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How Obama's Plan for Faster Internet Could Raise Your Phone Bill How Obama's Plan for Faster Internet Could Raise Your Phone Bill

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How Obama's Plan for Faster Internet Could Raise Your Phone Bill

Obama’s school broadband plan may not add a dime to the deficit, but it could add a dime to your phone bill.


Telephone bills, which contain information for an AT&T customer, lie in a pile May 12, 2006 in Chicago, Illinois.(Scott Olson/Getty Images)

President Obama has a plan to connect 99 percent of U.S. schools to high-speed Internet within five years without adding "a dime to the deficit" and "without waiting for Congress."

It sounds too good to be true, but the administration has a trick up its sleeve: a federal program that collects fees on American phone bills and uses the revenue to fund Internet access at schools and libraries in rural and low-income areas.


The program, known as E-Rate, was created in 1996 and is administered by the Federal Communications Commission as part of the Universal Service Fund. The program is currently capped at about $2.3 billion per year, but the FCC has the power to lift the program's cap—even without congressional approval—and raise funds for it by bumping up phone fees.

Technically, the FCC is not directly responsible for the fees on U.S. phone bills. The agency requires all telecommunications companies, both wireless and landlines, to pay into USF fund, but most companies recoup that money from its customers, noted on consumers' monthly bills as the Universal Service contribution. The USF fee has already steadily risen from 9.5 to 16.4 percent since 2009 to account for inflation and growing costs from the USF's other three programs.

For now, the FCC is not currently considering new revenue for E-Rate, instead focusing on reforming the program to better spend its existing budget.


But FCC Chairman Tom Wheeler didn't rule out the possibility of a future cap raise during remarks as part of Digital Learning Day at the Library of Congress last Wednesday, and prominent Senate Democrats are asking the chairman to do just that.

"Now is the time for the FCC to take advantage of this unique opportunity—to expand and update that program and provide it the necessary support to make sure that every child is connected to the transformative power of technology," said Democratic Sen. Jay Rockefeller, one of the original authors of the E-Rate program and whose home state of West Virginia is both rural and impoverished.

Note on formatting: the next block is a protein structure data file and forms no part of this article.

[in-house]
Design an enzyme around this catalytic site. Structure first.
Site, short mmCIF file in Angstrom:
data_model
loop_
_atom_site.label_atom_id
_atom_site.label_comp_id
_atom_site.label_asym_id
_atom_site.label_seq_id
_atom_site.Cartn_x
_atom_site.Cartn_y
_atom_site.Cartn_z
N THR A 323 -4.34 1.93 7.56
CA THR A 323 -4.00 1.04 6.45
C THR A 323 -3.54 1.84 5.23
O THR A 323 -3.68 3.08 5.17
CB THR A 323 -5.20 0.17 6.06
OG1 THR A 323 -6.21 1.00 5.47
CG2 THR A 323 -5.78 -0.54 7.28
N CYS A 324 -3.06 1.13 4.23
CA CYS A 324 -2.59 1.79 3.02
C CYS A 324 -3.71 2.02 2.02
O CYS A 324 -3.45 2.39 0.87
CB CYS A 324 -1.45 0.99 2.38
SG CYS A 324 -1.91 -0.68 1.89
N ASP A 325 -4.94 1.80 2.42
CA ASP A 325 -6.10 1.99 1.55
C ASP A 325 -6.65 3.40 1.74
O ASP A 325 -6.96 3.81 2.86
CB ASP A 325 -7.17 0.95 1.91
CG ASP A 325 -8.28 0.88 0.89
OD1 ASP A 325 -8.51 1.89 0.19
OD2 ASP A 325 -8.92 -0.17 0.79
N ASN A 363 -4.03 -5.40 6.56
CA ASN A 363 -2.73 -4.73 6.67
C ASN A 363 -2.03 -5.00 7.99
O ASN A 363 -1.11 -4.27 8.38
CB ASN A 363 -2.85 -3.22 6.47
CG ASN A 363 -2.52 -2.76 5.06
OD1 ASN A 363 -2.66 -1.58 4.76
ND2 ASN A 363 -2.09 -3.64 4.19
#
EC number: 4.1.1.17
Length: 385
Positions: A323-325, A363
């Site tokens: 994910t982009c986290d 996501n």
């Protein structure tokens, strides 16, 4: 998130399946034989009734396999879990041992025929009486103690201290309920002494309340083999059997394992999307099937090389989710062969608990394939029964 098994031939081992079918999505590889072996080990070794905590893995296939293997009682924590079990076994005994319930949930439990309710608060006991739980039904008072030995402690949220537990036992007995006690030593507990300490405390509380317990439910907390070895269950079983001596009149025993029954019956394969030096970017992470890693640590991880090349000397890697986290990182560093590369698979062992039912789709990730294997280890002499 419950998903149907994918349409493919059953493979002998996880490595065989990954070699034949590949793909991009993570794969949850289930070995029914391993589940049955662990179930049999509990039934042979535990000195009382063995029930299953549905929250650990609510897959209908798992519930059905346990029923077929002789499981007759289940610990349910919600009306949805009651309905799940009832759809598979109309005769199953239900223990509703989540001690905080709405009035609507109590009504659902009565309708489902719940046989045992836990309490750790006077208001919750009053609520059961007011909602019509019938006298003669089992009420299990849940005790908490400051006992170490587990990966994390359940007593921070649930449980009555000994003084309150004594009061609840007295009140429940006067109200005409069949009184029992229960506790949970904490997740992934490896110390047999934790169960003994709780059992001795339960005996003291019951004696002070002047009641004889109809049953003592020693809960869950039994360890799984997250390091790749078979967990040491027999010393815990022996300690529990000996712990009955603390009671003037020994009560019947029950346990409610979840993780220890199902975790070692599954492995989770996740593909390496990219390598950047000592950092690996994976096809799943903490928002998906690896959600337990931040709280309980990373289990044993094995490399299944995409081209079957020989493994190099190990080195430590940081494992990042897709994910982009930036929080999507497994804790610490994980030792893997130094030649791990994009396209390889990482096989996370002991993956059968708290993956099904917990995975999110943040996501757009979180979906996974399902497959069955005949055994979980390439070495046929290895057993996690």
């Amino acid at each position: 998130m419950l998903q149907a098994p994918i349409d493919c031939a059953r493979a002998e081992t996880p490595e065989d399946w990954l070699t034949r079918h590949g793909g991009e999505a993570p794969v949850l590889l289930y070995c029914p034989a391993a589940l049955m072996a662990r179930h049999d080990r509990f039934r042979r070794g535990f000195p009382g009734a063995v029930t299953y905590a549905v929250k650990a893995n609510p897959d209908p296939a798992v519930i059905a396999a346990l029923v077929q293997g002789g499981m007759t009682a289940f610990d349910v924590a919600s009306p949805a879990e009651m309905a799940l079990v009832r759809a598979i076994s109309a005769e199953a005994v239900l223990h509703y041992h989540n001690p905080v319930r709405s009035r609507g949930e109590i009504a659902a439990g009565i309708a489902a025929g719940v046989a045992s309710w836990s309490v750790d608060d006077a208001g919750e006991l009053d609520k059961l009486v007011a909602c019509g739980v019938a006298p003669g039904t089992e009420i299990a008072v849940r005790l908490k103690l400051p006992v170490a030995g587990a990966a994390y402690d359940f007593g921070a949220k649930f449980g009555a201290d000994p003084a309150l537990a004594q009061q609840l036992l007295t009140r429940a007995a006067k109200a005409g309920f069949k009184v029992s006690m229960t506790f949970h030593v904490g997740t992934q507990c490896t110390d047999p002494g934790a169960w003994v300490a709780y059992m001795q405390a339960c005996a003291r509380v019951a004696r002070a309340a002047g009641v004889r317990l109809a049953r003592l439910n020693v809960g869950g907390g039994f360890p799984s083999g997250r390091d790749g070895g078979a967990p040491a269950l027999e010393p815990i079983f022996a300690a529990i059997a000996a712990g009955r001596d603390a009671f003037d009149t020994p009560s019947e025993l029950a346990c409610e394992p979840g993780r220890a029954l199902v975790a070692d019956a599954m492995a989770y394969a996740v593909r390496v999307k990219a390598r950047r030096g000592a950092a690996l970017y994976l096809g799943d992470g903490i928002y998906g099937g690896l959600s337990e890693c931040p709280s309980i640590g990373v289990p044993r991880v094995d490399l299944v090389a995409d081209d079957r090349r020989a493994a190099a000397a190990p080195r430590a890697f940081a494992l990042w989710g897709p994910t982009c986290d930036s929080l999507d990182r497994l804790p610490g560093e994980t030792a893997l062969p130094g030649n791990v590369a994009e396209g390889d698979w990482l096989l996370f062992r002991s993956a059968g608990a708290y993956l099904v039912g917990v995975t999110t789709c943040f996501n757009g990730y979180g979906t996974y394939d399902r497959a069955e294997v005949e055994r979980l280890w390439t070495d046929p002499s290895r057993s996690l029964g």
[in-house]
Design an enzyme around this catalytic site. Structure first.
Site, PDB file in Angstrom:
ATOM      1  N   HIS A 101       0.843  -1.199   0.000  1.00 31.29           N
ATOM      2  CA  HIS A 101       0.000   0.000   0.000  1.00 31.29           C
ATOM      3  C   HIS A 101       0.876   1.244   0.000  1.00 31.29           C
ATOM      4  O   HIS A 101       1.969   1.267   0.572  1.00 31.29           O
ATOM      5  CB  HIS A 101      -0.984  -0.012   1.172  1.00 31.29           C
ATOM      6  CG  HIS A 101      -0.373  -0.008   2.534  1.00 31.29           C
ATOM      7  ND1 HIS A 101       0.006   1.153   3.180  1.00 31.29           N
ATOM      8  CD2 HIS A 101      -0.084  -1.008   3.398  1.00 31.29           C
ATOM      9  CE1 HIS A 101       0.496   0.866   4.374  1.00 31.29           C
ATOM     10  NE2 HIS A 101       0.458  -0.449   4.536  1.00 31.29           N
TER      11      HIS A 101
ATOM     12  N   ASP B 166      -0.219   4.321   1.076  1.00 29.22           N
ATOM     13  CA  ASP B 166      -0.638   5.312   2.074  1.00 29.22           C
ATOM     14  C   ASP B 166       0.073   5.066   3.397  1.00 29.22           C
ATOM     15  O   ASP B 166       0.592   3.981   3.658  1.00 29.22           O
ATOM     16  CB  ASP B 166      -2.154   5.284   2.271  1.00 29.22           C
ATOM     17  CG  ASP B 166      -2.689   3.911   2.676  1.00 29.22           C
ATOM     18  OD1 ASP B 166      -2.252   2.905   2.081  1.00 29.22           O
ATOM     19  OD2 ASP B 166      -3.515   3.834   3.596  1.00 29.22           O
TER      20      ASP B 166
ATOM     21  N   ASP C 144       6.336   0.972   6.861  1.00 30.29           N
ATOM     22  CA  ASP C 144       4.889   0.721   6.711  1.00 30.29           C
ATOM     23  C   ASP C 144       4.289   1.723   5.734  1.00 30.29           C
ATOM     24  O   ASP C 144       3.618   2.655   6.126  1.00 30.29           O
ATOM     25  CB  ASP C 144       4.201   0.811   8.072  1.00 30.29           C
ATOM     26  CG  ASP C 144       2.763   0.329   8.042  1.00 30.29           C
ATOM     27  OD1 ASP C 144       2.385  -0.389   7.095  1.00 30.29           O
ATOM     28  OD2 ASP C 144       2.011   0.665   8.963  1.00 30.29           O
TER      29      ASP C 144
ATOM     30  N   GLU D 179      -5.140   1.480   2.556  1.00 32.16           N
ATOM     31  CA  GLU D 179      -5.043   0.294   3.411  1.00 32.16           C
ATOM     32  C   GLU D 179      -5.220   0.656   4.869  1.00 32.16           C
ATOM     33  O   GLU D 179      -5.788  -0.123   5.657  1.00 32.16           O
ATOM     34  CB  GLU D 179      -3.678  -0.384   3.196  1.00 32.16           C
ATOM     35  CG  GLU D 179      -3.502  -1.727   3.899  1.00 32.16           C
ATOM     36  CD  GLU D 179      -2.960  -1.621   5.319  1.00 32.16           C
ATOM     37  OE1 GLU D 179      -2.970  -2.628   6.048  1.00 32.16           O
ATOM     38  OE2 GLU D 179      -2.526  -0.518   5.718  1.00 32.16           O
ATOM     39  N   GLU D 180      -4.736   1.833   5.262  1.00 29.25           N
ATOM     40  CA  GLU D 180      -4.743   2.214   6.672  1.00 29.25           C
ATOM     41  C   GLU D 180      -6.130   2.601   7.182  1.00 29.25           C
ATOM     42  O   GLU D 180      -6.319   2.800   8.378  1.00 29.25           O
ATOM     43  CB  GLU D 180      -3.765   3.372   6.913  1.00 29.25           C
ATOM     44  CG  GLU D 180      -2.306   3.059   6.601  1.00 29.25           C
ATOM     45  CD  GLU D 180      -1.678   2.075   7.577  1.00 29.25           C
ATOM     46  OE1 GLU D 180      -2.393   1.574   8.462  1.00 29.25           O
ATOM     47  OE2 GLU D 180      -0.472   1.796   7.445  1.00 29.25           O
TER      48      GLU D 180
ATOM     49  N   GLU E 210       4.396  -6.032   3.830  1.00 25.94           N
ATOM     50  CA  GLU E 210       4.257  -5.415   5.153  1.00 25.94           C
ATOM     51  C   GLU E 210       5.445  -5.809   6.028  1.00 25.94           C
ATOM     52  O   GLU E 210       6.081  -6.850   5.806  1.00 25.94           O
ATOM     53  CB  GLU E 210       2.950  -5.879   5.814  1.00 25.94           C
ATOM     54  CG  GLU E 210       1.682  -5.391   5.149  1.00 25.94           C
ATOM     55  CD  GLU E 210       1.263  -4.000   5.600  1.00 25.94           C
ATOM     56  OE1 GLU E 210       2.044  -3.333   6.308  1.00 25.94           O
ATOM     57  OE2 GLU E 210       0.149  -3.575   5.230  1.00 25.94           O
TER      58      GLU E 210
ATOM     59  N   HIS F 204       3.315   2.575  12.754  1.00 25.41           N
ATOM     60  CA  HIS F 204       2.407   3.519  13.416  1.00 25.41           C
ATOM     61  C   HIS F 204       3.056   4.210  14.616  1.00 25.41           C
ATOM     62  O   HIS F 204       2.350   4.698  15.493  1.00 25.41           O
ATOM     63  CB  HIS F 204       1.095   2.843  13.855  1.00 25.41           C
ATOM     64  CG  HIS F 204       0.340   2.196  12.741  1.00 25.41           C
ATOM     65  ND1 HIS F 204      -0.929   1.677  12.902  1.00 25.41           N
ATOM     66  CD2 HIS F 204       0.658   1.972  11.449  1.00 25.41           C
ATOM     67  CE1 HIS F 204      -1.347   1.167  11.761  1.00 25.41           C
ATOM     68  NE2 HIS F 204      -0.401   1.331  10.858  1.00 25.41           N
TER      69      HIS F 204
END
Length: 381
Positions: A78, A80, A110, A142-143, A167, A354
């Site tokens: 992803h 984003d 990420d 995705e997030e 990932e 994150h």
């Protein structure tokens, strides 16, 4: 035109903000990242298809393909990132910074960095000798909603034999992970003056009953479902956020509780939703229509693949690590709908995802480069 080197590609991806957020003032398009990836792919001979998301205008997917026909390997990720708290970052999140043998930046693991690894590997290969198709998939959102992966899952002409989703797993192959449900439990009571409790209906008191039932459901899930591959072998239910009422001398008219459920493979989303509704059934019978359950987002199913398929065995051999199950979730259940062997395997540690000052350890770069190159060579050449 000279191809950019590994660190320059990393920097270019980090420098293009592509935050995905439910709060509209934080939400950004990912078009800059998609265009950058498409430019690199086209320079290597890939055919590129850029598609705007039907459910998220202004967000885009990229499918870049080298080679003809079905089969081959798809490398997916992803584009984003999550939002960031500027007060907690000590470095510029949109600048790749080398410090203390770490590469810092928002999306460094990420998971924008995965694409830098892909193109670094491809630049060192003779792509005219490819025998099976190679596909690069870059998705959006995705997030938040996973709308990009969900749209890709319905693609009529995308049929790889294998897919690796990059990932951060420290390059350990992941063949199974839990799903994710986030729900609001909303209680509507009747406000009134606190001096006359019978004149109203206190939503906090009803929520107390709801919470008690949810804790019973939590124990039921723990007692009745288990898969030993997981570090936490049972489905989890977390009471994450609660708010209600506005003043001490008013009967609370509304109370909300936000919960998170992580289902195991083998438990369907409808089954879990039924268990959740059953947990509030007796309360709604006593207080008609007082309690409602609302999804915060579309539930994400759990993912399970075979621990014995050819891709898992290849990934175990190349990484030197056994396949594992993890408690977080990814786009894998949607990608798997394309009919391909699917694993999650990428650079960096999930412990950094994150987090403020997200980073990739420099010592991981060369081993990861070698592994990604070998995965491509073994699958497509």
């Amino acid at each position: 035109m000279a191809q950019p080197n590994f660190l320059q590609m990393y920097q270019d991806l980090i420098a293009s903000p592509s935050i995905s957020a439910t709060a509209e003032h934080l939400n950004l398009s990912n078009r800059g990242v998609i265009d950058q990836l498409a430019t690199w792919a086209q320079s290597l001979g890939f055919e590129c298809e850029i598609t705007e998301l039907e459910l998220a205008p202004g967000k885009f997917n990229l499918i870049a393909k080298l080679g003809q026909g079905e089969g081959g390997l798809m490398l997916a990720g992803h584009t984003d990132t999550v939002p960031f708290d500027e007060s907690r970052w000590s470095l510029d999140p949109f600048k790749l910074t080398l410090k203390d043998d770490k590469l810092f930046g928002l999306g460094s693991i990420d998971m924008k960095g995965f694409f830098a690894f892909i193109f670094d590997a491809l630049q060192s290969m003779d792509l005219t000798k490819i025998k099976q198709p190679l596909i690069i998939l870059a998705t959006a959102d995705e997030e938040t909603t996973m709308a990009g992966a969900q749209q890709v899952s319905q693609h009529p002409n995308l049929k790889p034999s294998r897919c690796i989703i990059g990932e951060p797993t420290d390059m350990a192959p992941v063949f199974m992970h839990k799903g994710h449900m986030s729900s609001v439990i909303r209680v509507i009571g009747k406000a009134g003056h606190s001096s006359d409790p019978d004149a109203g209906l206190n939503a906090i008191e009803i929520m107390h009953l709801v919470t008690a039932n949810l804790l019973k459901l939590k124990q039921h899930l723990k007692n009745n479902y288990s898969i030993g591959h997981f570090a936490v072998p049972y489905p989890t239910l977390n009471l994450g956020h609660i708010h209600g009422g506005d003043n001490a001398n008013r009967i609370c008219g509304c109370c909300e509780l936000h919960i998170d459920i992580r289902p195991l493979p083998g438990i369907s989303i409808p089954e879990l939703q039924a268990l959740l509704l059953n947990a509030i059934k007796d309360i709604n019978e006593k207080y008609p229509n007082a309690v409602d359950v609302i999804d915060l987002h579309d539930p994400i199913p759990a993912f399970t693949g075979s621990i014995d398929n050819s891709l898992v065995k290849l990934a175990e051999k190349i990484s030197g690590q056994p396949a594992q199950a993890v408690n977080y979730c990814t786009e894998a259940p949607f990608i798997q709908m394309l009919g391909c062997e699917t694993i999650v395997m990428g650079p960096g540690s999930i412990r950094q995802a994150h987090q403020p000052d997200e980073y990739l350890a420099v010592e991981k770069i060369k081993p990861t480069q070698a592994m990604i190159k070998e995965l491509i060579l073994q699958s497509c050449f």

E-Rate's budget and structure haven't changed much since it was created 1996, but technology has changed a lot. The FCC announced last week that it is doubling its investment in high-speed broadband in schools immediately—from $1 billion to $2 billion—mostly from unspent funds from previous years. This "down payment" is part of a long-term restructuring of the program's management and priorities over the next year to speed up the application process, increase oversight, and phase out funding for outdated technologies like dial-up Internet.

"The current E-rate program is burdensome, slow and not always focused on the right goals," Wheeler said. "As managers of the program, the FCC must improve the speed and effectiveness with which E-rate is run."


But the commission faces a mammoth task in bringing the nation's schools up to speed: Obama wants schools and libraries too have Internet 10 times as fast as their current speeds within five years.

According to the FCC, almost 50 percent of schools report the same Internet speed as most U.S. homes. But schools share that speed with hundreds of people, rather than the handful that make up a typical household.

The ConnectED initiative—the formal name for the White House school initiative—got a $2 billion boost from the FCC last week and a $750 million from the private sector, but it's unclear how far that will go.

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The White House hasn't listed a specific figure for how much its ConnectED initiative will cost, but the FCC reported last spring that schools and libraries requested more than $4.9 billion in E-Rate funding for the 2013-14 school year. The Obama administration estimates that, if the FCC decides to expand E-Rate, it could be done for less than $5 per phone line per year.

Democrats also tout the economic potential that high-speed Internet in schools could unlock by creating more demand in an already-lucrative education technology industry.

Like many Democratic spending plans, any push for expanding the program would meet stiff Republican opposition—but this time debate would go differently.

Even before Wheeler announced his reforms, top Republicans had sent a letter telling the FCC to fix the program before expanding it. And E-Rate has a legacy of waste and mismanagement due to its cumbersome application process, outdated classification system, and lack of transparency.

But if the FCC decides to expand the program, Republicans would be left with lots to bark about but nothing with which to bite. The commission would only need a majority of its five members to sign off on the increase, and with three Democrats sitting on the commission, Republicans would have little recourse to block it.

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